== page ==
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Election 2016: Keith Ellison: ‘I would love to see Elizabeth Warren’ run
After the attempted assassination of Rep. Gabrielle Giffords, the MSM and shamelessly opportunistic liberals shifted their focus from accusing opponents of President Obama’s agenda of being “racists” to trying to paint conservatives from coast to coast as “guilty by association” via “promoting an atmosphere of violence” – in spite of the fact that Giffords’ mentally unstable shooter, Jared Lee Loughner, didn’t fit the carelessly constructed MSM narrative of “right wing extremist.” Well, now that the Congresswoman is well on her way to recovery – and now that we’re headed full steam into Campaign 2012 mode – opportunistic liberals and MSM types are bringing back the “any criticism of Obama = racism” meme, as exemplified by this piece from the Yahoo! News Ticket blog (via):
During the 2008 campaign, questions about John McCain’s birth in the Panama Canal Zone on a U.S. military base prompted some to ask whether McCain was eligible to be president, since the Constitution stipulates that anyone not born in the United States is not eligible to be president.
Amid a flurry of news reports, McCain’s own campaign announced in February 2008 that it was conducting an investigation. When a bipartisan pair of lawyers announced the following month that McCain was indeed eligible, the issue virtually died–apart from a Senate resolution that pretty much laid the question to rest by attesting to the facts surrounding McCain’s birth and citizenship.
But the winner of the 2008 election, Barack Obama, has faced a relentless campaign questioning his U.S. citizenship–and thereby the legitimacy of his presidency–that has disregarded the facts.
Questions regarding Obama’s birth certificate have persisted for more than two years, as the president noted Wednesday at a press conference announcing the release of his long-form birth certificate. A vast array of evidence attests to Obama’s citizenship–including a certificate of live birth, signed affidavits from people who viewed Obama’s long-form birth certificate, confirmation by Hawaiian officials, and independent investigations by news outlets. Nevertheless, “this thing just keeps going” as Obama said this morning. Even after the White House released the long-form certificate of Obama’s birth, birther leader Orly Taitz—who has filed unsuccessful lawsuits seeking to obtain access to Obama’s birth certificate—sought to cast doubt on the document’s authenticity, suggesting that in 1961, Hawaiian officials would have classified Obama as “Negro” rather than using designation “African,” which suggests, in her view, a more contemporary concern for “political correctness.”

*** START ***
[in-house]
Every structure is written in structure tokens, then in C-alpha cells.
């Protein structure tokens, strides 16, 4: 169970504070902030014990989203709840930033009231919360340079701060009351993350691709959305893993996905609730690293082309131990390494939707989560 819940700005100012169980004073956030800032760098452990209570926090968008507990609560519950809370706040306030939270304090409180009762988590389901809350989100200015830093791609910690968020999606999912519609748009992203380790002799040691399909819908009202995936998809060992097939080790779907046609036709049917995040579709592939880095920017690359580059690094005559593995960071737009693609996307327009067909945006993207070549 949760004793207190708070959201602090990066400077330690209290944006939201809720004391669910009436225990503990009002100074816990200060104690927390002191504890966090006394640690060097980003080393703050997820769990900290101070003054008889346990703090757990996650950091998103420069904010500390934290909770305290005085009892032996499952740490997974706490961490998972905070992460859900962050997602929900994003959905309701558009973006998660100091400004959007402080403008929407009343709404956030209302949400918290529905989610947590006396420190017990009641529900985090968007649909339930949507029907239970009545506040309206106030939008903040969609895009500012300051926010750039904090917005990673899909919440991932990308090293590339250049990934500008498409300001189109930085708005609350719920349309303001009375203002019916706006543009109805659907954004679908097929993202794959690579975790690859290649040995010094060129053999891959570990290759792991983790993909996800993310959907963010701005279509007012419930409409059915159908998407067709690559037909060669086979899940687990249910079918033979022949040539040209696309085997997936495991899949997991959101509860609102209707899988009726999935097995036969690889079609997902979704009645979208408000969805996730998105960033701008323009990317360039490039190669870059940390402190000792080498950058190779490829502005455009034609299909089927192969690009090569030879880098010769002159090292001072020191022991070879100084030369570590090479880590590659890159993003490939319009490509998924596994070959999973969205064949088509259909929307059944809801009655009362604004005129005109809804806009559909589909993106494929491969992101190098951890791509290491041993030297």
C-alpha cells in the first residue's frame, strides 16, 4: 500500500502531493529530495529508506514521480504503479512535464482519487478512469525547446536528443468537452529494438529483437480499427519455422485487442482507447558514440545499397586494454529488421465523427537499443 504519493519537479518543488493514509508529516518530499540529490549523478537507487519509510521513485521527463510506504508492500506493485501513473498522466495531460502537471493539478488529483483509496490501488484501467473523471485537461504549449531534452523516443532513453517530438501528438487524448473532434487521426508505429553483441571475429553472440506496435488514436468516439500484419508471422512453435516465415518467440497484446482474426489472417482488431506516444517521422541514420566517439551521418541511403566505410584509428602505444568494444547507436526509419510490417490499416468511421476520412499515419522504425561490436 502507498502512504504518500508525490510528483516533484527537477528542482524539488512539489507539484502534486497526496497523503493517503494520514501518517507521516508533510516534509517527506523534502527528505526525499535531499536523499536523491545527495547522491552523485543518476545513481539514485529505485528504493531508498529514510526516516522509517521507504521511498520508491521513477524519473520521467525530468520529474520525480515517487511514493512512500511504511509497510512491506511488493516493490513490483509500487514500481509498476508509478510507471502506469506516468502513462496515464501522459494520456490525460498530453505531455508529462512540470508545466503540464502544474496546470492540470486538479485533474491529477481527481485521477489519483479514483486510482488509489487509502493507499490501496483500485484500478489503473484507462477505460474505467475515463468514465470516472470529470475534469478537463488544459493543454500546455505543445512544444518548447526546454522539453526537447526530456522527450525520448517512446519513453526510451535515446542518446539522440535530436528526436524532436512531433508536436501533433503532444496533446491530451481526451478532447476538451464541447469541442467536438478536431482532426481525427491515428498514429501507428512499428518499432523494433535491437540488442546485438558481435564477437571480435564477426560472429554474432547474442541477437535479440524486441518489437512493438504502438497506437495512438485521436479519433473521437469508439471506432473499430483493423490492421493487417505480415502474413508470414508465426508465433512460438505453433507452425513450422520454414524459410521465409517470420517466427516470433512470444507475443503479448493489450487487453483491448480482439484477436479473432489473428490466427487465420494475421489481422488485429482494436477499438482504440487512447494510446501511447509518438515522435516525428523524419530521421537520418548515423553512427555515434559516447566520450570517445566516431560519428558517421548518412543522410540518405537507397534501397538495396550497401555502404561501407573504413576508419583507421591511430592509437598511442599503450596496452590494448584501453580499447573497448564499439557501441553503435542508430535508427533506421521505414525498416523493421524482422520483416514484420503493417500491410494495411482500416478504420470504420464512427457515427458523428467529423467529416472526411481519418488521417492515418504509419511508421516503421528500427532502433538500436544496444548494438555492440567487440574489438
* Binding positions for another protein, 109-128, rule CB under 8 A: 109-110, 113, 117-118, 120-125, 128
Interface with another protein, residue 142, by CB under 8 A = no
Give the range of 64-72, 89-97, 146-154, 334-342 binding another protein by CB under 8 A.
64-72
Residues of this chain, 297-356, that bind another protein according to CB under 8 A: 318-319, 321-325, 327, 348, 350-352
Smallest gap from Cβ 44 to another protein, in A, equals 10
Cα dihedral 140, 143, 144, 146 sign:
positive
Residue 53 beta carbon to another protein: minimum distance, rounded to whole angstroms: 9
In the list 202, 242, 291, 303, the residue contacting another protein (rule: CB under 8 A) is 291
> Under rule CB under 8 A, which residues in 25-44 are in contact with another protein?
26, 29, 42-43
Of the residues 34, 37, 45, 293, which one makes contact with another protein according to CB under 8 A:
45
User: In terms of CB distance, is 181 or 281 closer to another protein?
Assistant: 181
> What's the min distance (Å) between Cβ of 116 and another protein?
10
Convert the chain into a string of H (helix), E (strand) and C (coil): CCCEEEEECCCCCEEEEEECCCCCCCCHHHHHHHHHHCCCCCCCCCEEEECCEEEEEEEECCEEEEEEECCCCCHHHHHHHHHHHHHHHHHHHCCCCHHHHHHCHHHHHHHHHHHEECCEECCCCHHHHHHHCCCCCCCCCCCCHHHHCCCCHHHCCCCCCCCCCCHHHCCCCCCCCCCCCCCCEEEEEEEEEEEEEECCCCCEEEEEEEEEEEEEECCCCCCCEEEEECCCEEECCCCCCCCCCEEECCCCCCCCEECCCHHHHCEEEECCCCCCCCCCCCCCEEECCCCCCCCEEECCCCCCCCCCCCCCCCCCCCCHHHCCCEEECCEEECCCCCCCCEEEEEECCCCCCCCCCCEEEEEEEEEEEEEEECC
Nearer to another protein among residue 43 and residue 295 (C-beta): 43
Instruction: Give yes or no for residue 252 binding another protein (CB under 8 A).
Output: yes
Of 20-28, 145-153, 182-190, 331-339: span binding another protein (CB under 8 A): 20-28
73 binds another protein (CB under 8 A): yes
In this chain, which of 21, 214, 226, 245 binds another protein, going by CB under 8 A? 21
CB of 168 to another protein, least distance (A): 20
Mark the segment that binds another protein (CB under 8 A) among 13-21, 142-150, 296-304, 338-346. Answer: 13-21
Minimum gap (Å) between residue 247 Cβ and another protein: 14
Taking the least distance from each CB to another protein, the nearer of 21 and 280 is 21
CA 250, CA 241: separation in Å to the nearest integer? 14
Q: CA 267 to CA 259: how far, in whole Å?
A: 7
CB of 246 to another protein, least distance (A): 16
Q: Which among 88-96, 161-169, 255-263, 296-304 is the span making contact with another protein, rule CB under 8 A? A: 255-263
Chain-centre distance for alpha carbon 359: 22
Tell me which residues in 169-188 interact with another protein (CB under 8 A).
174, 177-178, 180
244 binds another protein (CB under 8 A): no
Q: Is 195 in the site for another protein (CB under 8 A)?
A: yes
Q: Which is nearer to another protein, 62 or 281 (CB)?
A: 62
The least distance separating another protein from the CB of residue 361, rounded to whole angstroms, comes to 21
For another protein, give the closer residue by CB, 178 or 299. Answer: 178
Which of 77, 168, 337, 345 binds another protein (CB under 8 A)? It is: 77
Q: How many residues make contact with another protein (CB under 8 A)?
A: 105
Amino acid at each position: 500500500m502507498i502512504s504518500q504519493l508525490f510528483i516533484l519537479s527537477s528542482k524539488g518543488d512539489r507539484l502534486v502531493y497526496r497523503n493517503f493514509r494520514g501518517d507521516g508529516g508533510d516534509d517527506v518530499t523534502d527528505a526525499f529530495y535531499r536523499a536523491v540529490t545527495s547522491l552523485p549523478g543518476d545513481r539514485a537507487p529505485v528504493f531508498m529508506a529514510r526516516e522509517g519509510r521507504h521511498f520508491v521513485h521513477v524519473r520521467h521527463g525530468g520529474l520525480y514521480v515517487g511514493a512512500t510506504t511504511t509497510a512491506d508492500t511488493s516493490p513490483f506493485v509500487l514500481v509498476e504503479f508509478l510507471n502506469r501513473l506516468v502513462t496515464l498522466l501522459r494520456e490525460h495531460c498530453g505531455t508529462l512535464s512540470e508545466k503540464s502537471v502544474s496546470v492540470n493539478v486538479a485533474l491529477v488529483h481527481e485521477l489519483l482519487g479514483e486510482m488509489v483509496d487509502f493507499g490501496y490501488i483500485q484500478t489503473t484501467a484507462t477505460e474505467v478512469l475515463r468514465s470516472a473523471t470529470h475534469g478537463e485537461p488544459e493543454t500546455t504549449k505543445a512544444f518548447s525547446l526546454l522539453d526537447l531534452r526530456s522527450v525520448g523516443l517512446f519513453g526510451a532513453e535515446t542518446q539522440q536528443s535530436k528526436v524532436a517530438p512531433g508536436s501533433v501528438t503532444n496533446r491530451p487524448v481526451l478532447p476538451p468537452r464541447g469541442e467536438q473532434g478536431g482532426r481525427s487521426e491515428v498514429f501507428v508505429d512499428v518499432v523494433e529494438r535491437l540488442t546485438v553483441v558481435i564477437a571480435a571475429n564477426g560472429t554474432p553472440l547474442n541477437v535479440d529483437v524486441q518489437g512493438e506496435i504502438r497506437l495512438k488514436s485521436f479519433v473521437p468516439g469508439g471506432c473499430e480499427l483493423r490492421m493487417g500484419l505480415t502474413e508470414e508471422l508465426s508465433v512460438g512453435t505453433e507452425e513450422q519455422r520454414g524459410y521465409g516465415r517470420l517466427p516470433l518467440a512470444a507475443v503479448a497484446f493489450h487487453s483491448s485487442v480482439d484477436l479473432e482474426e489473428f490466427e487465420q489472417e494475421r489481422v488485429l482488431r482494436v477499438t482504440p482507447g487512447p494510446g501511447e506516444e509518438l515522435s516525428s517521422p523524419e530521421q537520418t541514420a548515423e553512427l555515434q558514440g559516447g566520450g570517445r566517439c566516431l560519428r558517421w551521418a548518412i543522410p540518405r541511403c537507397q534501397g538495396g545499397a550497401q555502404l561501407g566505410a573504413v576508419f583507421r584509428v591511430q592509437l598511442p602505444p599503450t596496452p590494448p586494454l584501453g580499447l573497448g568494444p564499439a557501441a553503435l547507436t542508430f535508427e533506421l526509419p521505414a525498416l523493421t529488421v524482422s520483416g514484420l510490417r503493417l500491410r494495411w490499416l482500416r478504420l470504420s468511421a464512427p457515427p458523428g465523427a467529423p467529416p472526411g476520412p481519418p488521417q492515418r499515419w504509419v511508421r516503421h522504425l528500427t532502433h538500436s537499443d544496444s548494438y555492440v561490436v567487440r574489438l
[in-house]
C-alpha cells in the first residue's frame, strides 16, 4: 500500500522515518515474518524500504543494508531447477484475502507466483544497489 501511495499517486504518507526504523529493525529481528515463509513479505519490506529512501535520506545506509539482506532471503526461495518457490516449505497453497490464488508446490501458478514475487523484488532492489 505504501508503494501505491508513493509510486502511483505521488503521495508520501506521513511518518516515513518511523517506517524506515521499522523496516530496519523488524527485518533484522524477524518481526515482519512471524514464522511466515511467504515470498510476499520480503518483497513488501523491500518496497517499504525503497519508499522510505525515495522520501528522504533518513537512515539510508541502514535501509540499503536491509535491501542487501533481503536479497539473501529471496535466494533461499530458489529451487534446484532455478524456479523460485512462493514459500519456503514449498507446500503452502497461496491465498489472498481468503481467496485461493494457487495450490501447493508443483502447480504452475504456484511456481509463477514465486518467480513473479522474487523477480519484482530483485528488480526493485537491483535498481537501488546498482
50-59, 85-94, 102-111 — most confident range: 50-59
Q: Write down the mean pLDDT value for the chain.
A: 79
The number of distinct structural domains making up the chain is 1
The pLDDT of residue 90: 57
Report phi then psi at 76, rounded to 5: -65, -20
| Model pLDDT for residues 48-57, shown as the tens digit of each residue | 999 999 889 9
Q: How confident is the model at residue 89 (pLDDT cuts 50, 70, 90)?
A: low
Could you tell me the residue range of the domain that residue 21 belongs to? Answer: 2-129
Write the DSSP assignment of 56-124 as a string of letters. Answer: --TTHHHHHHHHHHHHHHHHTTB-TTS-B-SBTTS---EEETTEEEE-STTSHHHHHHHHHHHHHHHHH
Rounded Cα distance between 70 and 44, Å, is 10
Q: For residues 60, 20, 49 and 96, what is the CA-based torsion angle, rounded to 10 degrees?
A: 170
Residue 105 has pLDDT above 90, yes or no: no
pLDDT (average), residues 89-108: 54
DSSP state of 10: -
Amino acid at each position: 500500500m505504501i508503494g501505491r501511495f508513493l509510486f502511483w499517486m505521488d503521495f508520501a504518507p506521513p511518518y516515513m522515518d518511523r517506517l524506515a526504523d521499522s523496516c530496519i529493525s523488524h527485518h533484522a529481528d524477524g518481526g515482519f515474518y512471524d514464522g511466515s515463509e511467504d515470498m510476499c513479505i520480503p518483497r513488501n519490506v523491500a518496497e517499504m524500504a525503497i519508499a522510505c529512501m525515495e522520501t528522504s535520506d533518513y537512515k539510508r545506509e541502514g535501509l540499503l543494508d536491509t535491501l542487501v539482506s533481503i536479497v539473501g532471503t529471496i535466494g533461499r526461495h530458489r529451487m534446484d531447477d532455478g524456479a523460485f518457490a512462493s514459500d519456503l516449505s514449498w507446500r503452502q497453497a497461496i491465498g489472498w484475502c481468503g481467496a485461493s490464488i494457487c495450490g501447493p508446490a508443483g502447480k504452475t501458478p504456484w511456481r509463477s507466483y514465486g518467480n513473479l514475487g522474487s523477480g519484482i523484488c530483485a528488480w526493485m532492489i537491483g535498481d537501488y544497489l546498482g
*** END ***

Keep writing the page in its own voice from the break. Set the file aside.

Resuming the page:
So what’s fueling the dogged questioning of Obama’s origins? Many critics of the birther movement say its core tenets–and its stubborn resistance to evidence disproving those beliefs–can be traced to racial hostilities. The fundamental birtherist conviction, these critics say, is that an African-American can’t have legitimately won the presidency–and that his elevation to power therefore has to be the result of an elaborate subterfuge.
“There is a real deep-seated and vicious racism at work here in terms of trying to de-legitimate the president,” Peniel Joseph, a professor of history at Tufts University, told The Ticket.
“This is more than just a conspiracy,” Joseph added. “I think this is fundamentally connected to a conception of white supremacist democracy in this country.”
Miami Herald columnist Leonard Pitts Jr. in early April called for the connection to be publicly drawn between birthers and racism: “So it is time to call this birther nonsense what it is–not just claptrap, but profoundly racist claptrap.”
And columnist Michael Tomasky wrote for The Guardian Wednesday that the birther conspiracy “had to be the only explanation for how this black man got to the White House.” He added: “And if you think race isn’t what this is about at its core, ask yourself if there would even be a birther conspiracy if Barack Obama were white and named Bart Oberstar. If you think there would be, you are delusional.”
Whether or not you are someone who still is or who at one point could have been classifed as a birther, these accusations are – as usual – outrageous, because the suggestion is all over the place that questioning this President on such basic issues as whether or not he is legally qualified to be the “leader of the free world” is off limits. True, the short form bc was released when questions arose during Obama’s run for the WH, but HE could have put this issue to bed right then and there by requesting the long form version instead of waiting two and half years before releasing it out of supposed ‘frustration’ at the ‘distraction’ he claims it has created. As the article correctly points out, Senator McCain faced a similar issue as well and nipped it in the bud without hesitation – in 2008. Barack Obama chose not to, which led us to the point we were at this week with him finally releasing it in an attempt to “move on” from the issue.